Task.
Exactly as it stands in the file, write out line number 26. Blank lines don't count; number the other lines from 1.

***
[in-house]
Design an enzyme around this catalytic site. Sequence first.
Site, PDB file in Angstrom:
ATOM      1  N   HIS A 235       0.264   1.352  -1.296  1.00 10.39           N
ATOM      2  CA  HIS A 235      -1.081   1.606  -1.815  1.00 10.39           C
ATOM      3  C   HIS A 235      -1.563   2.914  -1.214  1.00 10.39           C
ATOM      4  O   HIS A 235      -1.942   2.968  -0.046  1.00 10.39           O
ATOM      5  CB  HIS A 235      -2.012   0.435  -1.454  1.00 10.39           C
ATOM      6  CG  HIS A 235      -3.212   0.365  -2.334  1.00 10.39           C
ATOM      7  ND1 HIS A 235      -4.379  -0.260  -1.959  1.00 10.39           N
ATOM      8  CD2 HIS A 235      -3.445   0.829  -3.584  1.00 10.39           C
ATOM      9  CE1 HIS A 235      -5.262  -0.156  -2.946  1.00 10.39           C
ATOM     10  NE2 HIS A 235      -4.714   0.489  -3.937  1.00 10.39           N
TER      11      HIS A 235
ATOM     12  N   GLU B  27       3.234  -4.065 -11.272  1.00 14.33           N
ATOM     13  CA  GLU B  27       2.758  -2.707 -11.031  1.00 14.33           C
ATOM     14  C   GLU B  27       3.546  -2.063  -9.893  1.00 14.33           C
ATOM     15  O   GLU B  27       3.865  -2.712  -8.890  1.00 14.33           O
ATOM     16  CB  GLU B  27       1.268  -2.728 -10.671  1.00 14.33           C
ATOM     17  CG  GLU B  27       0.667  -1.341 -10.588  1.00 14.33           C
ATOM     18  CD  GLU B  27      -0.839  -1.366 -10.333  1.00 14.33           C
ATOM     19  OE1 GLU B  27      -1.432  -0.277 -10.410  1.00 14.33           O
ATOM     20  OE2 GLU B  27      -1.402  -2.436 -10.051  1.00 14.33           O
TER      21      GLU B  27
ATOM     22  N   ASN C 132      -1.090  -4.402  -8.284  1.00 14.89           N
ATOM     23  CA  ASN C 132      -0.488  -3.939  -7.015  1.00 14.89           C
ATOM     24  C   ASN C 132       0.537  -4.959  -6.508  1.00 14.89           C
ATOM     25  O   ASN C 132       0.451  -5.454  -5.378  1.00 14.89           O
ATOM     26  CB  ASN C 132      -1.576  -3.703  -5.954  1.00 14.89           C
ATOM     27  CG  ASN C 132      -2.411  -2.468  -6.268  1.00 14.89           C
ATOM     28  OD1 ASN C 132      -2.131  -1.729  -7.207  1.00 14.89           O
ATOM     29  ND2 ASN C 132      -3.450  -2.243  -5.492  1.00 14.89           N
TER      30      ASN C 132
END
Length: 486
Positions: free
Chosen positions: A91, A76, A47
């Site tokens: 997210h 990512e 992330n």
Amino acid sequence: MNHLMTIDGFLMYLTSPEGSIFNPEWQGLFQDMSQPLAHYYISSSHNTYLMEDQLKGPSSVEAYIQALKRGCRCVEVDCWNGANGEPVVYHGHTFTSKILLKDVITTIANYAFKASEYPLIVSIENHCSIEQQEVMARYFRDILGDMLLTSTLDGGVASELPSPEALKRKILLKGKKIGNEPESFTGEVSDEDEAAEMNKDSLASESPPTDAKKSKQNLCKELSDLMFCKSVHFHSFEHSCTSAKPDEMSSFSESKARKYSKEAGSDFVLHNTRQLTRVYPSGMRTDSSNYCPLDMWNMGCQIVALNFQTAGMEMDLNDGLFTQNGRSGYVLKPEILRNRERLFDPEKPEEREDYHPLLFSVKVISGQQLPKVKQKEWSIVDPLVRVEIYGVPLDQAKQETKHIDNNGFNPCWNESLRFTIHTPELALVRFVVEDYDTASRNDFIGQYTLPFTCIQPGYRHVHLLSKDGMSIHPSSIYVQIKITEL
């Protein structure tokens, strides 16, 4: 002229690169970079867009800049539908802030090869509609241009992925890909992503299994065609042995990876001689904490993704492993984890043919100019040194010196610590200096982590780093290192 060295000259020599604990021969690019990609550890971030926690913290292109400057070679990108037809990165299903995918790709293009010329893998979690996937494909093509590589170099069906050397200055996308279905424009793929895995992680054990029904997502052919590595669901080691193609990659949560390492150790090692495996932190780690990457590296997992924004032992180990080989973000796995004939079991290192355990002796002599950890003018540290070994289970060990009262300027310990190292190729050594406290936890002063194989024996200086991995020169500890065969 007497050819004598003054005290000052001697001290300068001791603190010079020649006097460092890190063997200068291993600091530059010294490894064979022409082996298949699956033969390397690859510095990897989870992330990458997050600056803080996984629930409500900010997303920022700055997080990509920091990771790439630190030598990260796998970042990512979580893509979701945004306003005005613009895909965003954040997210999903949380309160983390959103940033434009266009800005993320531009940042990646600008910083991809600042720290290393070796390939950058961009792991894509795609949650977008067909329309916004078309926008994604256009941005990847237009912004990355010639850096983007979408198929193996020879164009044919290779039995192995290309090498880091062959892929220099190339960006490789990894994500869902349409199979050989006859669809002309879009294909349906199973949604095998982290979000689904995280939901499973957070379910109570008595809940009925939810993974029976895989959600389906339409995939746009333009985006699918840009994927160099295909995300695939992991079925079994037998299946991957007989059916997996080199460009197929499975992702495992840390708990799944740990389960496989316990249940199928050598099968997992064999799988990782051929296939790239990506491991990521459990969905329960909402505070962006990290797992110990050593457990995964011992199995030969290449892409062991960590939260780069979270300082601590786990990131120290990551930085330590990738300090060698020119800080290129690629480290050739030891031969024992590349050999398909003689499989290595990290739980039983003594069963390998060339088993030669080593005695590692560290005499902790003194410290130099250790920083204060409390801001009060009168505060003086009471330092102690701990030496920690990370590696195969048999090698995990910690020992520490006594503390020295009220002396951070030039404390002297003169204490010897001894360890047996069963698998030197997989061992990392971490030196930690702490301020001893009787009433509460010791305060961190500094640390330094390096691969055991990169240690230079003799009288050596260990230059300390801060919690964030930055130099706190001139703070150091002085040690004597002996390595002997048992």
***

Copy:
ATOM     23  CA  ASN C 132      -0.488  -3.939  -7.015  1.00 14.89           C